The medium of video means that the literal faces of the next generation of American medicine can also be presented and subtlety shaped by the AMA and AAMC through “I am a Doctor”. The doctor’s face as embodied by the actor playing Dr. Judd is a tired and careworn one but also strong and trustworthy. It is also Caucasian and male as are almost all the visages that appear in the videos. In 1955, a mere 5 percent of medical school students were women and less than 3 percent were African American and this reality is well reflected10. Despite the fact that the American Medical Association spearheaded the push for female physicians as early as 1868, only one female medical student is presented and then only extremely briefly in the video series. This dearth is further underscored by assertions like “there are no boy doctors only men.” Where women appear it is prominently in the role of support or incentive to the aspiring man of medicine.
When the prospect of the admiration of the “the biggest, blue eyes in the world” is presented as a positive exigency of medical school acceptance the prospect that one possessing them is a potential classmate or colleague is for example never even subtlety hinted at. The noble sacrifice of the doctor’s wife who shares her husband with those in desperate need of his skill is in contrast made readily apparent. This is not to say women are consigned entirely to the domestic sphere. The value of a working wife to the financially struggling medical student is made abundantly clear. In terms of representation minority physicians fair no better than women, in fact they are wholly absent. The AMA’s ideal doctor appears very much to reflect the ideal 1950’s American man; Caucasian, conventionally attractive and heterosexual with the associated values of family and community.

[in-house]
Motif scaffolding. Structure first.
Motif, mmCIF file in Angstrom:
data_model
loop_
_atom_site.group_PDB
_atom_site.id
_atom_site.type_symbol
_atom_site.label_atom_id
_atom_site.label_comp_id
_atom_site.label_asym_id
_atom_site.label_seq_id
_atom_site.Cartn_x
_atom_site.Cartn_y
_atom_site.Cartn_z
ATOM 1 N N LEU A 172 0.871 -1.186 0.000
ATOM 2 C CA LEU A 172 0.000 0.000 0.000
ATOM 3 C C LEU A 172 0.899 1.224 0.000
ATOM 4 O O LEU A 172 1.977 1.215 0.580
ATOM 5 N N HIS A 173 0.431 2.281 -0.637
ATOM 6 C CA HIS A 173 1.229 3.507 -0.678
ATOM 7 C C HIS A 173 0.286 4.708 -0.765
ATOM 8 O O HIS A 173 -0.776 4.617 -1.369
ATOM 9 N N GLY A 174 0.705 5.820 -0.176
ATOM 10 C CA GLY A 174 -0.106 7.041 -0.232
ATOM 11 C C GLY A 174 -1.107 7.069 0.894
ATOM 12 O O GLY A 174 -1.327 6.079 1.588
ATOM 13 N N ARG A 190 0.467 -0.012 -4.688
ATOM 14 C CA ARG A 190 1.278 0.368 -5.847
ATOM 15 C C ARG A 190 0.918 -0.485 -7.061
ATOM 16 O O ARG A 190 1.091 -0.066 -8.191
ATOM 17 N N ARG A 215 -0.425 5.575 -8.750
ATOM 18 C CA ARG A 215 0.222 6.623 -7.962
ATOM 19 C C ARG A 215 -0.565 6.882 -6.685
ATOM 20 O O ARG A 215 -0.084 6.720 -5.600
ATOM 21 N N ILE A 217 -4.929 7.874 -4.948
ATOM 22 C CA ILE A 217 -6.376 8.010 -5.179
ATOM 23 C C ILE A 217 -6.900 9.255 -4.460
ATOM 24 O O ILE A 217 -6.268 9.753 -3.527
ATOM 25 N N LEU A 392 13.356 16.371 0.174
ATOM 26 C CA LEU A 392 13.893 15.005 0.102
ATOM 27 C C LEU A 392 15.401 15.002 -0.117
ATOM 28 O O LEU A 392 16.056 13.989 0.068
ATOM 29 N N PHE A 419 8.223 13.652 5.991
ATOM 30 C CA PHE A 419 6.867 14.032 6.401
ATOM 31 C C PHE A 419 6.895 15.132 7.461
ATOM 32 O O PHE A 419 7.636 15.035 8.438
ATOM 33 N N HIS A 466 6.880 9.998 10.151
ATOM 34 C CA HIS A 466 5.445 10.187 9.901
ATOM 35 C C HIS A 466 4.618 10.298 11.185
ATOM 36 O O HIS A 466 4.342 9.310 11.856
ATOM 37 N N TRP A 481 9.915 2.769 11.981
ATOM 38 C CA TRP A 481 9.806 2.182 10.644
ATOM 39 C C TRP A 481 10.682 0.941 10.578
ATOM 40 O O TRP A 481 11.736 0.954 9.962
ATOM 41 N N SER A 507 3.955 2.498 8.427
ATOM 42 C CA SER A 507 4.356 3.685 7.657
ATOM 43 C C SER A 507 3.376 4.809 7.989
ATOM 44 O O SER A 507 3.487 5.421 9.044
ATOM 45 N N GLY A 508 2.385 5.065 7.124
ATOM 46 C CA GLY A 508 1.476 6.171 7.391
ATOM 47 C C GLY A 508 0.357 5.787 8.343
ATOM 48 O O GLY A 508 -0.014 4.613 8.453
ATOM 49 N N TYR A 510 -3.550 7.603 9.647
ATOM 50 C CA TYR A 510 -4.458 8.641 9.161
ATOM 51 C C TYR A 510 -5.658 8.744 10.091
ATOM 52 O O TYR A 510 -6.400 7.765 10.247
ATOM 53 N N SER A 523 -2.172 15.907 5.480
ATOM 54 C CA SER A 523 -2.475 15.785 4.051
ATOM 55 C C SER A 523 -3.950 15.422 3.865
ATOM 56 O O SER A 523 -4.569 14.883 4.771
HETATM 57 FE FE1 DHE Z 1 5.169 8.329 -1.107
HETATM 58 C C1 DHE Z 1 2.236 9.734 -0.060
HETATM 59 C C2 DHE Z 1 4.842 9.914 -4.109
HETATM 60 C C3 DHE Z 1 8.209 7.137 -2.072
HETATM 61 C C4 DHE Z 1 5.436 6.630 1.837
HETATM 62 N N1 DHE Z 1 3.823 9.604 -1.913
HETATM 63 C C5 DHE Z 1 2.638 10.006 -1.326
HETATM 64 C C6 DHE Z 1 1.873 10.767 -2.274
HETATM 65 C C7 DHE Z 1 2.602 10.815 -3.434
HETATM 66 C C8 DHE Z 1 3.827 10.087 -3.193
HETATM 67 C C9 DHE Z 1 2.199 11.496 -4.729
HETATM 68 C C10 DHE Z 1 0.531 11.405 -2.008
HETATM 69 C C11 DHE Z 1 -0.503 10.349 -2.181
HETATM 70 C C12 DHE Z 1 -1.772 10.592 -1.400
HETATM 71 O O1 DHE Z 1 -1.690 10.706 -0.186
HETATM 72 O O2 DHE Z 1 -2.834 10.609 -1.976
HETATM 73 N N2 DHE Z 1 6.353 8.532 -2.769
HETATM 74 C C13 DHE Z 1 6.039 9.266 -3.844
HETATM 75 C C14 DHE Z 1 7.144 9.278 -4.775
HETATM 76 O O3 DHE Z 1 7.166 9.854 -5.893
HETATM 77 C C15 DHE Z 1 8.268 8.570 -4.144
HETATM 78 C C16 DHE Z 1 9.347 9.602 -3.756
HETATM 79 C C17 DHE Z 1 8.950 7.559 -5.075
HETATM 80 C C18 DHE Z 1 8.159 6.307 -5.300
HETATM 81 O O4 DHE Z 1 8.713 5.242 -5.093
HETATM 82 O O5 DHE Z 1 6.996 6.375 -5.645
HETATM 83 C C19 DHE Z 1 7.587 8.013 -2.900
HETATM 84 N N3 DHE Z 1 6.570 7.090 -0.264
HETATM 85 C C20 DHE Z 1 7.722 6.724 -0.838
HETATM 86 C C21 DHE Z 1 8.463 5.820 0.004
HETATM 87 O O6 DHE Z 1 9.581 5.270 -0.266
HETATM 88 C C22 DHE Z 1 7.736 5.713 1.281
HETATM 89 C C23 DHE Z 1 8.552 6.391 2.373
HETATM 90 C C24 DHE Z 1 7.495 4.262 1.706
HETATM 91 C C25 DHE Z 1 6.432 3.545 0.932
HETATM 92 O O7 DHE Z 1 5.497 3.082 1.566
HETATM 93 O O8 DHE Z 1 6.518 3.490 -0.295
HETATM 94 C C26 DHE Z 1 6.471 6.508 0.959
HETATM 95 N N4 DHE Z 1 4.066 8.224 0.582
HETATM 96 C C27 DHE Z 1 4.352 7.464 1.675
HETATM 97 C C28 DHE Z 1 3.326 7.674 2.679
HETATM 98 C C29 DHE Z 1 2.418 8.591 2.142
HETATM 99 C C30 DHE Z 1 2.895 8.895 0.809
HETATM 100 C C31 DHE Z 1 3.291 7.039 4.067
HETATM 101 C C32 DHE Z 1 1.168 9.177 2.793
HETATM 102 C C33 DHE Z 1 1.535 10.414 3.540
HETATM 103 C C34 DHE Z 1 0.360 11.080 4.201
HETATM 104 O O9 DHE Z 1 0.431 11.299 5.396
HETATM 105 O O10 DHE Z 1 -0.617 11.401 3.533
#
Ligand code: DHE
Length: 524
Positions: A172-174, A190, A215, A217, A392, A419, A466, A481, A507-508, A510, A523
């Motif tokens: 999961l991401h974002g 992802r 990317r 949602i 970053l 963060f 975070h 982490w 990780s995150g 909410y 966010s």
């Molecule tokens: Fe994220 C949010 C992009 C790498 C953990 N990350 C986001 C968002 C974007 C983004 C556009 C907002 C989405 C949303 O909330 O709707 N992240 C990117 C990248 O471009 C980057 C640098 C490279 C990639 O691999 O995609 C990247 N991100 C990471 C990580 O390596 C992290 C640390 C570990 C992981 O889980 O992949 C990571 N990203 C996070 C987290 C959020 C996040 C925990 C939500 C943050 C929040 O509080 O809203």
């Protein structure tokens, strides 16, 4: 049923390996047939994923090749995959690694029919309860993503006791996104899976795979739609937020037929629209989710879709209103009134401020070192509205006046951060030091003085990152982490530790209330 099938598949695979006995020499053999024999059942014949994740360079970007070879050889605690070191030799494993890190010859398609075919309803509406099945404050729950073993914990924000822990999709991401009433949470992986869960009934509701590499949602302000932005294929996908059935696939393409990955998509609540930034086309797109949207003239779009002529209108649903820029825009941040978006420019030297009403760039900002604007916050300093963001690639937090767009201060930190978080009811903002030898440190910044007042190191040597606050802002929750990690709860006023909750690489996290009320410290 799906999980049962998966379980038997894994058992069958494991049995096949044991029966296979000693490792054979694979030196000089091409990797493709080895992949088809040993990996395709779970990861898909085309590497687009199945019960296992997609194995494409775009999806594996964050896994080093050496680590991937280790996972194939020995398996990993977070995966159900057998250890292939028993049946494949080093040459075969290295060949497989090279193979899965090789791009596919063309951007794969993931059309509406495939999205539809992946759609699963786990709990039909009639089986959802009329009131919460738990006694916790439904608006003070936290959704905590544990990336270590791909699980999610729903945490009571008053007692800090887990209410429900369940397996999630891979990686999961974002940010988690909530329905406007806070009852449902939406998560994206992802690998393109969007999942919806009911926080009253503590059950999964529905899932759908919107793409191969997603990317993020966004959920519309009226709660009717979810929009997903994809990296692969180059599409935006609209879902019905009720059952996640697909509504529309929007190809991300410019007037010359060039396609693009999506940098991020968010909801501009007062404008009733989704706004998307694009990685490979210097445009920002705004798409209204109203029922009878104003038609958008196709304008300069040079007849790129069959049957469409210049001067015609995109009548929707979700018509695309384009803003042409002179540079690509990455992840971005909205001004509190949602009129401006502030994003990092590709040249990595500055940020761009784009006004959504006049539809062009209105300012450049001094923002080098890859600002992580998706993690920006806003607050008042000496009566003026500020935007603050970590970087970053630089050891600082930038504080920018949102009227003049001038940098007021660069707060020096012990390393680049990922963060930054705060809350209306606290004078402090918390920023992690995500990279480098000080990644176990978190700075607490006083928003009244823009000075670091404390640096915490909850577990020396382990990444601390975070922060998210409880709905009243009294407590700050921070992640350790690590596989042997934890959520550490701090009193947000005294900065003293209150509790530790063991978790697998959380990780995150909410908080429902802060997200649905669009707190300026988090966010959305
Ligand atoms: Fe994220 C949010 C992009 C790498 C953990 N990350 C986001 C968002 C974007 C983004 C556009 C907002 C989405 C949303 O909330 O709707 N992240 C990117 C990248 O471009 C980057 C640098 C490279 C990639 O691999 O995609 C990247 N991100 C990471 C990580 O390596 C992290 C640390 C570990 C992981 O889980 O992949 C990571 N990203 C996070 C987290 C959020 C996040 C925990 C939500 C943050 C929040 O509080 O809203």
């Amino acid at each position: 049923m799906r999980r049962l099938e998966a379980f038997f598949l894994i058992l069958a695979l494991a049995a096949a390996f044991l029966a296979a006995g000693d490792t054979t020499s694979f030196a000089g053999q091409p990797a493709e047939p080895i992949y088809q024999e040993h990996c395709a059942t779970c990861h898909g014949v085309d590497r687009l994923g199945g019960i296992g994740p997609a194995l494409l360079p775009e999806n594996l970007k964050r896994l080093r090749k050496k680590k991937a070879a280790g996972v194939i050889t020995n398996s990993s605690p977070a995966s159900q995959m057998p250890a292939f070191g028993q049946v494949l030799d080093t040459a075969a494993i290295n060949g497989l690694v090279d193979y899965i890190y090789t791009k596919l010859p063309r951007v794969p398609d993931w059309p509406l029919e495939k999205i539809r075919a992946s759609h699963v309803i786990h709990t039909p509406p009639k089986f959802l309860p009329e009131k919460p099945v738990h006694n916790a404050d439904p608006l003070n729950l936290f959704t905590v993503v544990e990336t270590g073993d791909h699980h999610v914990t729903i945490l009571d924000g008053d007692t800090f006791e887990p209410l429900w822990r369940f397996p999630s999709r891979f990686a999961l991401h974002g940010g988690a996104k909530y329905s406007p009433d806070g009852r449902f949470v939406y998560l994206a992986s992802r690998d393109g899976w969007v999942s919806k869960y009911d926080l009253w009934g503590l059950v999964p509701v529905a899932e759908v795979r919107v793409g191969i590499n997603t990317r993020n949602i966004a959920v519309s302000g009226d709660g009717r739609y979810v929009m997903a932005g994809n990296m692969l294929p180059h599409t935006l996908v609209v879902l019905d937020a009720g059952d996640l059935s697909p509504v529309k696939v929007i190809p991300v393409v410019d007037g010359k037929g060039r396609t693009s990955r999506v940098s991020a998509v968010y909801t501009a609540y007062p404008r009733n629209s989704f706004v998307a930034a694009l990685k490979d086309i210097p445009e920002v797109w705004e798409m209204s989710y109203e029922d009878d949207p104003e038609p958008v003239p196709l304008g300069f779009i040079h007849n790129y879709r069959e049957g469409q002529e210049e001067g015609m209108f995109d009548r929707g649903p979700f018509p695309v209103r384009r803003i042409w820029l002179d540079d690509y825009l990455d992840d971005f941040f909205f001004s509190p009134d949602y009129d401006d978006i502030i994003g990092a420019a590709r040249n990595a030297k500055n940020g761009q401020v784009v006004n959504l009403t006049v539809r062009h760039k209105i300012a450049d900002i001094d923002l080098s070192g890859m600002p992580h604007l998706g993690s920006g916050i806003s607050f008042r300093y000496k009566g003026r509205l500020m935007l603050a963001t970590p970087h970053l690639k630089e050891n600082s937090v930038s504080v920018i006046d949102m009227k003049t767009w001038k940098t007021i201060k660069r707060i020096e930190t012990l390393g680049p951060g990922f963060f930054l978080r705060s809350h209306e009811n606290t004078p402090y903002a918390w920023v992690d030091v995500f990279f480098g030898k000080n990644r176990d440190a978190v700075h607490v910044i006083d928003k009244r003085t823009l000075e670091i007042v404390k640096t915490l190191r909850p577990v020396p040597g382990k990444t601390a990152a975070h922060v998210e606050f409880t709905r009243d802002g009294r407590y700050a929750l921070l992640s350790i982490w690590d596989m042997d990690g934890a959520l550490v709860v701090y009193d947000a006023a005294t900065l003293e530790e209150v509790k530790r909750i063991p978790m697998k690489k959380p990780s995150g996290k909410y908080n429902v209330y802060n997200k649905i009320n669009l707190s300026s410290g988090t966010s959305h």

This representation of physical ideal carries still more unfortunate undertones when the juxtaposition of intellectual and socioeconomic contexts of future doctors as portrayed by the video as considered. The future doctor is portrayed as intrinsically superior to their fellows. They should, even as a teenager, possess uncommon maturity displaying the self-awareness and forethought to decide on a life in medicine and their suitability for it while still in high school or at the very latest early in college8. They must additionally prove themselves knowledgeable about their society, be personable and crucially view themselves as elect. Getting into medical school is portrayed as a challenge only if “you are a dolt”, for those who are worthy the process should pose no difficulty9. Finally, the future doctor must be willing to make enormous sacrifices financial, emotional and in their relationships to more effectively conduct the war against disease. The successful medical student embodies more traditional concepts of exclusivity as well. It is explicitly stated that a student without significant family support will be unable to afford medical education even with the availability of scholarships and loans. Aspiring doctors who cannot rely on their families for pecuniary support are strongly urged to consider an alternative career.
Medicine in this era seemingly constitutes a new aristocracy nominally built upon merit yet simultaneously drawing its ranks almost exclusively from the scions of the professional class. By elevating physicians above their fellow men, the AMA officials who organized and guided them placed themselves on still more exalted heights.